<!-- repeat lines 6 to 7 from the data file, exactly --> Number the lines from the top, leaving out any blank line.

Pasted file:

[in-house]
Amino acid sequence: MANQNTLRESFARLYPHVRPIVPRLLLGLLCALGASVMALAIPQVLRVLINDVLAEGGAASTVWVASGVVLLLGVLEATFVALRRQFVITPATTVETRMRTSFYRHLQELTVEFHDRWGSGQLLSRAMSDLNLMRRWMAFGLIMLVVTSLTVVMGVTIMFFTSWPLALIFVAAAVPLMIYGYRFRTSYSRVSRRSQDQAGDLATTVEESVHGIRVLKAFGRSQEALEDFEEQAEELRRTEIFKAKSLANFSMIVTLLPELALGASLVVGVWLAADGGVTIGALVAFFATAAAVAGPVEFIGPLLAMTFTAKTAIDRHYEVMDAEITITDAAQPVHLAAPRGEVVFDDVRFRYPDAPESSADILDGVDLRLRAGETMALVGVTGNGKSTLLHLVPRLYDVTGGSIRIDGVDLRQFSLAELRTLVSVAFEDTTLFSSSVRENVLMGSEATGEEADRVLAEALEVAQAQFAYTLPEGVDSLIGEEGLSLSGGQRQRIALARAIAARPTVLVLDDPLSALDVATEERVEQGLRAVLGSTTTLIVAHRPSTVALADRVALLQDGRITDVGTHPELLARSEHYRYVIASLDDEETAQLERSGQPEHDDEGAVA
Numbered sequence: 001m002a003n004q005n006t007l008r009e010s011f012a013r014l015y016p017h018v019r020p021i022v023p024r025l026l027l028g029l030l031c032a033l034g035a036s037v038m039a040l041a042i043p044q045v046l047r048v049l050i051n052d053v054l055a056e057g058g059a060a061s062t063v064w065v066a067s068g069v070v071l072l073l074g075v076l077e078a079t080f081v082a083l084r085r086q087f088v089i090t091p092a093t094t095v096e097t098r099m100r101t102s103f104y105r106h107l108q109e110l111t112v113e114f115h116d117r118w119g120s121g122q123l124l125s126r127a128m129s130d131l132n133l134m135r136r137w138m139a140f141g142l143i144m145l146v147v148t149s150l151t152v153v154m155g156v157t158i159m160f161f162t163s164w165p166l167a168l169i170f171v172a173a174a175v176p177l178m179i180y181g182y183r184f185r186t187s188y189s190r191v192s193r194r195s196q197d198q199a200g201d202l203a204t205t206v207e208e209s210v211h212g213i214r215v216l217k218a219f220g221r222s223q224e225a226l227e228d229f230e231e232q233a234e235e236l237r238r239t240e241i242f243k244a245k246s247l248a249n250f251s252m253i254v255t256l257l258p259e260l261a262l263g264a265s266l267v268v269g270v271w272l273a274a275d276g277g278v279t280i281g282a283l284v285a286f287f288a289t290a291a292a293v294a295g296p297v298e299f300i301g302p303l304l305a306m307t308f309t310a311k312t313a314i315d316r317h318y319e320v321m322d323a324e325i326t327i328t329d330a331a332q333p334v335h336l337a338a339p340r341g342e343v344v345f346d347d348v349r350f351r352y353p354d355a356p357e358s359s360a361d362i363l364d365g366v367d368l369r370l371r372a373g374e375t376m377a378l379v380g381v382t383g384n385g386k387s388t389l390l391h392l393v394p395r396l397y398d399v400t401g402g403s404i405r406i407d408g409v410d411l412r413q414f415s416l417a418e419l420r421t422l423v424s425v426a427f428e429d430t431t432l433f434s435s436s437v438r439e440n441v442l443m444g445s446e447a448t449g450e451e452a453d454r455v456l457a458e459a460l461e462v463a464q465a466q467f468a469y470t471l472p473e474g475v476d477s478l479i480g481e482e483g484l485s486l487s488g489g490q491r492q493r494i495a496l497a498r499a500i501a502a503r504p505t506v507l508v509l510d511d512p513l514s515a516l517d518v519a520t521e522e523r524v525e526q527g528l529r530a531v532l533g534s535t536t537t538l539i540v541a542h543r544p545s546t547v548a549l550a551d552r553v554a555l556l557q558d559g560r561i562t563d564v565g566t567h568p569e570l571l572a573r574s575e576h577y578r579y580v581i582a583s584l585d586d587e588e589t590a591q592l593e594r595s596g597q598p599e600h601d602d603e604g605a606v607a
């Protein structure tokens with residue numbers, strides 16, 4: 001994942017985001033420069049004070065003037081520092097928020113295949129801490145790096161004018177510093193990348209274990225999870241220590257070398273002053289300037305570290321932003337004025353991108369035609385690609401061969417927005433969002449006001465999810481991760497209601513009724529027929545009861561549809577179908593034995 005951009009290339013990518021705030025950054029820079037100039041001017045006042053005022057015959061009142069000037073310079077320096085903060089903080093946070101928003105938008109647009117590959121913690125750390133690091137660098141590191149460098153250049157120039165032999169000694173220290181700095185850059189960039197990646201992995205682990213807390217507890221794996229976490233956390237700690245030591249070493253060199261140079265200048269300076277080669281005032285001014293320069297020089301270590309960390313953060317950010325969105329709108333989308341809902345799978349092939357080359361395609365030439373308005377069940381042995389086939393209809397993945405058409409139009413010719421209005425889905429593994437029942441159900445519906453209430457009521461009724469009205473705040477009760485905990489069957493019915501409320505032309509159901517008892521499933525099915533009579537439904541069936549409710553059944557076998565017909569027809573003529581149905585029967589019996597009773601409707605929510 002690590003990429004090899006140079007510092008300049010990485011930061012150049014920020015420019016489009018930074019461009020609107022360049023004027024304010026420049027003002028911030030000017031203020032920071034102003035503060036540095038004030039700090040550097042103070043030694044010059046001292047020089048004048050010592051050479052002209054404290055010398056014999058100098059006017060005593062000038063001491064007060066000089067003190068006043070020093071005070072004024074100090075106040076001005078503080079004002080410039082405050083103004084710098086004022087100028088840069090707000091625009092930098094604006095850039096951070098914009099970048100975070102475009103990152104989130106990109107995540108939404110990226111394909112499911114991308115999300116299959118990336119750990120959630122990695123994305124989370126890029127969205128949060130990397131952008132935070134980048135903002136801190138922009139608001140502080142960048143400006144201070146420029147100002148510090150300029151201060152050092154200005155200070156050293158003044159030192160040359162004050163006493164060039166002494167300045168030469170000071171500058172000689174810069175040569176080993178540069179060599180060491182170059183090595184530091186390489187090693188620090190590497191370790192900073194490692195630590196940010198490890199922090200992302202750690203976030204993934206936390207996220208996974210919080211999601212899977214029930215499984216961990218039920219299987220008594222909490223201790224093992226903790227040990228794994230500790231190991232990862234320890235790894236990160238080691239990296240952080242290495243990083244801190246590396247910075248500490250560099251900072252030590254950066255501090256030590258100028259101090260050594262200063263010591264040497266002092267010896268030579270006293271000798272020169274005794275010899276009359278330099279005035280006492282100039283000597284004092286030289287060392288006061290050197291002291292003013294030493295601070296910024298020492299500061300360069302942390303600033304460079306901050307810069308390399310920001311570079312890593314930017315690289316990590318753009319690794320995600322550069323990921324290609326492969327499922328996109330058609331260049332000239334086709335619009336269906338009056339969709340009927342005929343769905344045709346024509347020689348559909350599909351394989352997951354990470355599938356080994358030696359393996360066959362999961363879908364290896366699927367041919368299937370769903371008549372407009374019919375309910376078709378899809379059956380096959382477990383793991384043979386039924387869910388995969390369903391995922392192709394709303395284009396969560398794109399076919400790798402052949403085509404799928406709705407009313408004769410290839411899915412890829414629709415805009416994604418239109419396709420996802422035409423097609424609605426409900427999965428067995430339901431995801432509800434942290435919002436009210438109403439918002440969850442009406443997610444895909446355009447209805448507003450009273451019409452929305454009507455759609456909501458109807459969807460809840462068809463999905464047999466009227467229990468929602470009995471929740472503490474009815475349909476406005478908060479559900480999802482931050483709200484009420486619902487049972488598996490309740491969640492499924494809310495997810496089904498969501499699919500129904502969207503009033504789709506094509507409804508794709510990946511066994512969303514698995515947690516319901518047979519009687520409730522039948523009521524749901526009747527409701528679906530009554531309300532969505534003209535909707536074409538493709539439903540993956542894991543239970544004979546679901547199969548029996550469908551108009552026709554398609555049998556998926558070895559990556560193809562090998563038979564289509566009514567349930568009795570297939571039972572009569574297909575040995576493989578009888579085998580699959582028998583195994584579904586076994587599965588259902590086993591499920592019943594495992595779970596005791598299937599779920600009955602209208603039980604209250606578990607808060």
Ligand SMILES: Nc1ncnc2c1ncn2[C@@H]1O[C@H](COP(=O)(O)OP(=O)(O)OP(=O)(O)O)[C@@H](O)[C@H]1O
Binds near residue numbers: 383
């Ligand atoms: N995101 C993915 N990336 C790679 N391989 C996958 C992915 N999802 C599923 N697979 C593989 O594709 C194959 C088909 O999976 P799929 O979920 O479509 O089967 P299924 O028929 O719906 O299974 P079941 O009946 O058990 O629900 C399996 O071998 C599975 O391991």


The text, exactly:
Binds near residue numbers: 383
């Ligand atoms: N995101 C993915 N990336 C790679 N391989 C996958 C992915 N999802 C599923 N697979 C593989 O594709 C194959 C088909 O999976 P799929 O979920 O479509 O089967 P299924 O028929 O719906 O299974 P079941 O009946 O058990 O629900 C399996 O071998 C599975 O391991």